imageDaveb, just last evening, wrote in a comment:

I personally see no hope of convincing those who swallow camels and strain at gnats and are predisposed against authenticity, no matter what proofs might come to light! it is too much of a challenge for their world-view. There is no other ancient object for which an explanation can readily be found, but one. And they yet cry “ignorance is no argument of proof!” Make one! Too difficult!

It reminded me of a recent conversation with a friend.

Him:  You say on your blog that you think the shroud is probably real.

Me:  Yes.

Him:  So how do you think the image was created?

Me:  I have no idea. I have never seen a hypothesis I liked.

Him:  Why, because it couldn’t work or because it didn’t fit your faith paradigm?

Me:  I like to this it is simply because it could not work but to be honest it is both.

Him:  So why do you think it is probably real?

Me:  Because I don’t think it is fake.

Him:  Okay but in science that is a fallacy. It is an appeal to ignorance.

Me:  But we are not talking about science.  This is a history of art problem.  We’ve looked. Admittedly, the focus has been European artistic methods and we need to look more for possible methods coming from the Middle East, even maybe Asia and Africa. It has been what, several decades or more than a century that we have been looking for a way that the images could have been manmade. Only a scientist would call that an appeal to ignorance.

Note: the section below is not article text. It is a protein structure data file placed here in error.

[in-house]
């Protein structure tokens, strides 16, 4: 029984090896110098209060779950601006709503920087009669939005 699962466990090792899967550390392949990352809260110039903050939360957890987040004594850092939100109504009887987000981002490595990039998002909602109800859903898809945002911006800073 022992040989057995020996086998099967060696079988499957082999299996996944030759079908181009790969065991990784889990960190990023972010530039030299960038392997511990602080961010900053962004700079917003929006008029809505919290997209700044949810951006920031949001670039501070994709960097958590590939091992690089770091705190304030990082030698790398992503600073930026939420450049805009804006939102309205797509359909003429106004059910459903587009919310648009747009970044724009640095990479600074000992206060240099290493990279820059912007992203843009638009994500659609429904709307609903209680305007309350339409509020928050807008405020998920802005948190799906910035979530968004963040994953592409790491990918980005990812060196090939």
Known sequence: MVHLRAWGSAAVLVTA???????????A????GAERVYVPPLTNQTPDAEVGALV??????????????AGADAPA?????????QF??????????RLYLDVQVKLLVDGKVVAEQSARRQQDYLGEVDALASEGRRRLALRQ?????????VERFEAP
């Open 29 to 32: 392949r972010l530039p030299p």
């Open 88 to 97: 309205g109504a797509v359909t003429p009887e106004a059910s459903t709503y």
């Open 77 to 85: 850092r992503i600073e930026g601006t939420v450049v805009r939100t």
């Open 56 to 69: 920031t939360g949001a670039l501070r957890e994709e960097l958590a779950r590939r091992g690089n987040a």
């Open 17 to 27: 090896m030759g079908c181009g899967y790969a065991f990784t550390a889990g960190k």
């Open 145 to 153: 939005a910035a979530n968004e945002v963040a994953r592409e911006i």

Him:  But scientist are working on ways.

Me:  Art forms are not the product of scientific endeavor.  These scientists are more like Van Gogh or Monet than Einstein.  In the end a new art form that probably never existed isn’t going to make the shroud “improbably” real. Showing how it could have been made is not unlike an appeal to ignorance.  It’s art, not science.